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A Black woman wearing a gold hat, a Black man with glasses and a beard, and a white woman with gray hair and glasses sit together at a table and smile at the camera

By Sister Nancyann Turner, OP

February 26, 2024, Detroit – Some 45 people representing eight Catholic parishes, the Synod of the Covenant Presbyterian Church, an elder in the Christian Community Church, and three religious orders met on February 17, 2024, to share conversation and reflection on race.

This was the first of four meetings to be held at different areas within the Archdiocese of Detroit during the next four months. The series is funded in part through a grant from the Capuchin Franciscans, a religious order of men within the Catholic Church.

The series was initiated by the Archdiocese of Detroit Anti-Racism Coalition. Leaders of the day included Adrian Dominican Sister Cheryl Liske, OP; Angela James, Director of the Gamaliel Race and Power Institute; and Minister DeJuan Bland, lead organizer of Detroit’s Metropolitan Organizing Strategy Enabling Strength (MOSES), a community-organizing nonprofit organization that develops strong grassroots leaders and organizes campaigns to address social justice issues.

Adrian Dominican Sisters Ellen Burkhardt, OP, Cheryl Liske, OP, Anneliese Sinnott, OP, and Nancyann Turner, OP, are among the members of the Detroit Anti-Racism Coalition. Steven Wasko of Our Lady Gate of Heaven/St. Suzanne Parish leads this coalition.

The group that met February 17 discussed examples of personal, interpersonal, and institutional racism, but the primary focus of the meeting was on understanding structural and systemic racism and the many places where it exists.

Attendees shared in small groups their reasons for attending this gathering about racism and what they felt was at stake. Each person also set some personal goals for these Sacred Conversations. The closing ritual included the anointing of hands as a sign of continuing this work.  

The next Sacred Conversations on Race is scheduled for Saturday, April 13, 2024, at St. Mary of the Hills in Rochester Hills, Michigan.


Feature photo at top: Leaders at the first Sacred Conversations on Race discussion are, from left, Angela James, DeJuan Bland, and Sister Chery Liske, OP.

close-up of the corner of a jail cell

February 22, 2024, Adrian, Michigan – A recent presentation offered by the Adrian Dominican Sisters Office of Racial Equity and Cultural Inclusion explored the lives of a population often cast aside or derided by the mainstream culture: prison inmates.

The February 7, 2024, presentation, Light from the Cage, also touched upon racism. “Culturally, we know that Black males are overrepresented in prison,” said Kevin Hofmann, Director of the Office of Racial Equity and Cultural Inclusion, in his introduction to the presentation. He challenged the audience to consider how their culture views prisons and prison inmates.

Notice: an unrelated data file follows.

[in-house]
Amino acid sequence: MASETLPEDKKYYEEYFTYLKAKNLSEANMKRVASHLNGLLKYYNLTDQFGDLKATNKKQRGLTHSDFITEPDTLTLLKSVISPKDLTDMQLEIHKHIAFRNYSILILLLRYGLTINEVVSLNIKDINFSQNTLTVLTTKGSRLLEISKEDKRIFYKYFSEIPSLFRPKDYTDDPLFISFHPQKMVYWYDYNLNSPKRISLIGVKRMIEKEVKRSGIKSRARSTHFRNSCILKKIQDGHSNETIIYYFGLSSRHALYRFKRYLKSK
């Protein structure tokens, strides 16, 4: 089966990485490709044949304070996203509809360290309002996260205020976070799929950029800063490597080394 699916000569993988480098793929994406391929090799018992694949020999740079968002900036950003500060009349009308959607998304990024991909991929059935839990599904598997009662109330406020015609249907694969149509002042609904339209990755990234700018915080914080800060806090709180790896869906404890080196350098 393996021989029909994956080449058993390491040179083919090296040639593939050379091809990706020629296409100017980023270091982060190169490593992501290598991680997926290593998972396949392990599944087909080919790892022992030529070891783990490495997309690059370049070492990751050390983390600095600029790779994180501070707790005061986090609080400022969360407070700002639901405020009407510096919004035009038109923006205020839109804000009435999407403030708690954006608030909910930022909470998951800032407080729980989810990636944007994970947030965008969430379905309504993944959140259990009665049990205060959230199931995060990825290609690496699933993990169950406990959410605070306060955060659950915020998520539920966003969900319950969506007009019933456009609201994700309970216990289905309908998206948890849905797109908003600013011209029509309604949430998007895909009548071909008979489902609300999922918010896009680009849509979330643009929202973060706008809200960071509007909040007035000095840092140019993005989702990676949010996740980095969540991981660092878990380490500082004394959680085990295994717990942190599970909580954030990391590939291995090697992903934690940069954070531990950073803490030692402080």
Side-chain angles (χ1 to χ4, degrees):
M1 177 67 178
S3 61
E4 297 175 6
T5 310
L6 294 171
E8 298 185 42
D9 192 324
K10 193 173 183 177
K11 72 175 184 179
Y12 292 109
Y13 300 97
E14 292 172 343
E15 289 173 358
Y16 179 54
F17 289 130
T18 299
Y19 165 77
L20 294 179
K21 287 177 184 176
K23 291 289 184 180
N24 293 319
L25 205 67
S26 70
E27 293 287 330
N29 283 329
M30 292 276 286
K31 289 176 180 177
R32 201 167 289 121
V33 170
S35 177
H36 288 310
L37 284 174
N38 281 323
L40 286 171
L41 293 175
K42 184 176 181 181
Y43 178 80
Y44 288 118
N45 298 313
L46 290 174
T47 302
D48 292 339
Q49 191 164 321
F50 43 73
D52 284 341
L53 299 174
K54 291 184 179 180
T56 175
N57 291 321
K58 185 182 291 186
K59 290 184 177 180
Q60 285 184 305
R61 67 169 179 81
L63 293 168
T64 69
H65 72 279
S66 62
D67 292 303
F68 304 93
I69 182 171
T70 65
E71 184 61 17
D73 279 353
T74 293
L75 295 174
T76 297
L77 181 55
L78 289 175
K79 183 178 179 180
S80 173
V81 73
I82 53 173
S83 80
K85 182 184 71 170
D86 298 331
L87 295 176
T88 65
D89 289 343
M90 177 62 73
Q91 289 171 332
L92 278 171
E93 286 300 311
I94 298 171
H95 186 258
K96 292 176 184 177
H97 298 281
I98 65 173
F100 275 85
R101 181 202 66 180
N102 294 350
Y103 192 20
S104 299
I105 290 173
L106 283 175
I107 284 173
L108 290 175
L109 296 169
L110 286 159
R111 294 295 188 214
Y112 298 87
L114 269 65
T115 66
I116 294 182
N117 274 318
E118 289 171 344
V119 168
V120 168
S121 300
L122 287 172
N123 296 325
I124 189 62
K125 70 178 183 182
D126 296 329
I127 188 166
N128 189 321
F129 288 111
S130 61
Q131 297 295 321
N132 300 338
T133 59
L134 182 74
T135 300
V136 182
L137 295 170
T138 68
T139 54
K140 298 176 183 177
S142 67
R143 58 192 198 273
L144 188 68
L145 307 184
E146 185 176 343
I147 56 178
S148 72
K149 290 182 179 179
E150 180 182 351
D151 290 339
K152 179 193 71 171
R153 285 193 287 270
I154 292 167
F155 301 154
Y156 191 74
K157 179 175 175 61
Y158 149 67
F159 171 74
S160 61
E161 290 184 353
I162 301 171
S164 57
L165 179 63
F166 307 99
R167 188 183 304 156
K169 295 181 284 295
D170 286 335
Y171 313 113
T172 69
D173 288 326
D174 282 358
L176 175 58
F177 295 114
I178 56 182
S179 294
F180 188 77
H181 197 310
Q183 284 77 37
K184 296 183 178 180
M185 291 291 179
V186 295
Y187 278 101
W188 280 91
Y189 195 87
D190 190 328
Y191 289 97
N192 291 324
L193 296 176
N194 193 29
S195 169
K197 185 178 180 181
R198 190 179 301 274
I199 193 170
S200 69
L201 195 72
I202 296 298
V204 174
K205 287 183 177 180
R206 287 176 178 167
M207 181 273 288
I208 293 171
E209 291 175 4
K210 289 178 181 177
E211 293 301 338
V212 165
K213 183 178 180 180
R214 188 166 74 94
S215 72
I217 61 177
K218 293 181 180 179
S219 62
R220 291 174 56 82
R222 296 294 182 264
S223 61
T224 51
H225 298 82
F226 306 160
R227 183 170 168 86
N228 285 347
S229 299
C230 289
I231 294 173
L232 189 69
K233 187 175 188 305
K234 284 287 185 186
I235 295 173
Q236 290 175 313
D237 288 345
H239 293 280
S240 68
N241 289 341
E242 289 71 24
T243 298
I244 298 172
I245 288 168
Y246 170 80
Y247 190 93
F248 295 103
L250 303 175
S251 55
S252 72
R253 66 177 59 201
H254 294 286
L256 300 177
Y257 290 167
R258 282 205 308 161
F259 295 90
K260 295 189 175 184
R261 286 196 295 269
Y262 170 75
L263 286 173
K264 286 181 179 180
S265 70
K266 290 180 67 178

Judy Wenzel, author of the 2017 book Light from the Cage: 25 Years in a Prison Classroom, spoke of her experience as an adult educator who, seeking a substitute teaching job with Milan [Michigan] Area Schools, was called upon instead to fill an immediate opening as a teacher in the Milan Federal Correctional Institution. “That short walk across the hall totally changed my life,” she said.

Judy noted the diversity of inmates in federal prisons and her challenge as a white woman teaching them. “So a federal prison has people from all over the world, and when I [first] got there, my students were mostly white – and then the mass incarceration really kicked in,” she said. “So then what I had in the early ’90s were young Black men from Detroit, Flint, Chicago, Cleveland – young, in their ’20s. They just got swept up.” 

She ultimately learned how to reach her diverse group of students when a student told her they were uninterested in Van Gogh or Shakespeare. She reached them with Black spirituals, Black literature, and poetry.

But Judy soon came to realize the creativity of her students. One student in her a history class suggested that they create and perform a play. She invited others to attend the “Breakfast Theater,” which the audience loved. “Then we were off and running, so we did all kinds of plays the whole time I was there,” Judy recalled. “It was so much fun.” 

Through the years, Judy learned from her students: from one who took all of her classes and included a paragraph of wisdom in each assignment, from a group of students who held a mock election in 2008, and from the way many of them lived through long prison sentences for drug violations. “How do you come in and face 33 years?” she asked. “There are saints who live there.”

Judy also experienced the kindness of the men – to each other, as they faced years together in prison, and to herself when her father died, and later when she broke her ankle. When she finally returned to teach at the prison, she said, the men provided her with a table so she could teach while sitting down. “They flanked me down the hall so I wouldn’t fall,” Judy recalled. “They were nursing me back to health.”

Judy also spoke of the damage that prison does to inmates and society. “We have a terrible idea of who’s in prison,” she said. “Prisons do two things really well: they keep people in, and they keep the rest of us out, so we can’t get near them.” The system also devastates the inmates, taking away their agency and their ability to figure out how to lead a good life, and family members who suffer from the lack of their loved one’s presence in their daily lives. 

Watch the video of Light from the Cage.



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